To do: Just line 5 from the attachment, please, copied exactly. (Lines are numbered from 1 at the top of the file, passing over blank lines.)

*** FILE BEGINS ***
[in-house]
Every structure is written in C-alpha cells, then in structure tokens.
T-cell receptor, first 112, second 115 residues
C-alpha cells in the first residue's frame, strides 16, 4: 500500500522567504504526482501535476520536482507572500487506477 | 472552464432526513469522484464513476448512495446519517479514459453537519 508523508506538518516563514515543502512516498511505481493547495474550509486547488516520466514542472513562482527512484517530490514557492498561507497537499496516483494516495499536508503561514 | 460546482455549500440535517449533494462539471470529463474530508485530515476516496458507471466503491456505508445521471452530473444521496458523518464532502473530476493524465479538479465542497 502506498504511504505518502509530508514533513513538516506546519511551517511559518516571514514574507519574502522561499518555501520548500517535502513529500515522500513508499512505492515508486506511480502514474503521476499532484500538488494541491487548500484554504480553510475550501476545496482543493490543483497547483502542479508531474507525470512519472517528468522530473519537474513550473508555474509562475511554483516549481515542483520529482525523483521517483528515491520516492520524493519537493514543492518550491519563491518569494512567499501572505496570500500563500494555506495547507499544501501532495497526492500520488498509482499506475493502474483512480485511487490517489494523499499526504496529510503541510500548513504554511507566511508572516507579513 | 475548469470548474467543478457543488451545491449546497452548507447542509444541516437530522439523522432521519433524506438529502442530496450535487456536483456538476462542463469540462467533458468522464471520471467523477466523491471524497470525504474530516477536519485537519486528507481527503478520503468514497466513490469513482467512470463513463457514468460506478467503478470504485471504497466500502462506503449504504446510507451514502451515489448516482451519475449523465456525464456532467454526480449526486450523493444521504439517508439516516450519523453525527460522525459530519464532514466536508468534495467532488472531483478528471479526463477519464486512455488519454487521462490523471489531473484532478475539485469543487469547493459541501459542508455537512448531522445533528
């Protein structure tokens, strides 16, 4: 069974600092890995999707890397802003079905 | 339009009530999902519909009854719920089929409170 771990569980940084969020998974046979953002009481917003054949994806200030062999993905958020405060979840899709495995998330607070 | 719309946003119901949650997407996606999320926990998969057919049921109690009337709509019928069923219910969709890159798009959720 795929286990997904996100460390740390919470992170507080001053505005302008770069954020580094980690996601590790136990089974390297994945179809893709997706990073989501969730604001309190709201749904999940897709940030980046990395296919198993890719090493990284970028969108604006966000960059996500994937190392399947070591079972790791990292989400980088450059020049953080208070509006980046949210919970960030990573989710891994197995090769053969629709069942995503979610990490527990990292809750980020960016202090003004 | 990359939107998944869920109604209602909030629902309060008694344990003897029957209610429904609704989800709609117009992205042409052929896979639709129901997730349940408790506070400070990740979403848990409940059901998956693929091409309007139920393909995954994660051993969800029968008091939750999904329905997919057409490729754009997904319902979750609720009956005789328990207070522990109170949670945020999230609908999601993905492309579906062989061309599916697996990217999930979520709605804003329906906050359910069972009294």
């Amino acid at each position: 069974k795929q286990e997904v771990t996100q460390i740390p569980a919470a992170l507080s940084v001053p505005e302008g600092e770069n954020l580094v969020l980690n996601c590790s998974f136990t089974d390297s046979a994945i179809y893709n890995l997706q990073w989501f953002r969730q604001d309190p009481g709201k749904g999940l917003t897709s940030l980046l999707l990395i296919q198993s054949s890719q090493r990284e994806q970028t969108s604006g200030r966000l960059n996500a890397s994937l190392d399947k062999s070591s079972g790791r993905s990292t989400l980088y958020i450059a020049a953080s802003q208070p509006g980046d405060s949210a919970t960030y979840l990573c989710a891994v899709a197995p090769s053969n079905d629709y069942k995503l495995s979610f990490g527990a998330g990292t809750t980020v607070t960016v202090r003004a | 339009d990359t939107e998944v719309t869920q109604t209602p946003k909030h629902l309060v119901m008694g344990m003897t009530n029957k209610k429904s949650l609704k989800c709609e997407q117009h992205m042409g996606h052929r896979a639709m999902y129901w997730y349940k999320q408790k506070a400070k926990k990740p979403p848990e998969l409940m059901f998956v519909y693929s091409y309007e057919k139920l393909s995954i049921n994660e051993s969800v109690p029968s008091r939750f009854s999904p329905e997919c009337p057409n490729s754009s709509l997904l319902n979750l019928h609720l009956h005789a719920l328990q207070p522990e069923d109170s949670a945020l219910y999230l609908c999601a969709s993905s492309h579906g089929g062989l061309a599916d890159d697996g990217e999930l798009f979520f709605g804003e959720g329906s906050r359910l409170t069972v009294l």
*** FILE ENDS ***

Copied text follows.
């Protein structure tokens, strides 16, 4: 069974600092890995999707890397802003079905 | 339009009530999902519909009854719920089929409170 771990569980940084969020998974046979953002009481917003054949994806200030062999993905958020405060979840899709495995998330607070 | 719309946003119901949650997407996606999320926990998969057919049921109690009337709509019928069923219910969709890159798009959720 795929286990997904996100460390740390919470992170507080001053505005302008770069954020580094980690996601590790136990089974390297994945179809893709997706990073989501969730604001309190709201749904999940897709940030980046990395296919198993890719090493990284970028969108604006966000960059996500994937190392399947070591079972790791990292989400980088450059020049953080208070509006980046949210919970960030990573989710891994197995090769053969629709069942995503979610990490527990990292809750980020960016202090003004 | 990359939107998944869920109604209602909030629902309060008694344990003897029957209610429904609704989800709609117009992205042409052929896979639709129901997730349940408790506070400070990740979403848990409940059901998956693929091409309007139920393909995954994660051993969800029968008091939750999904329905997919057409490729754009997904319902979750609720009956005789328990207070522990109170949670945020999230609908999601993905492309579906062989061309599916697996990217999930979520709605804003329906906050359910069972009294």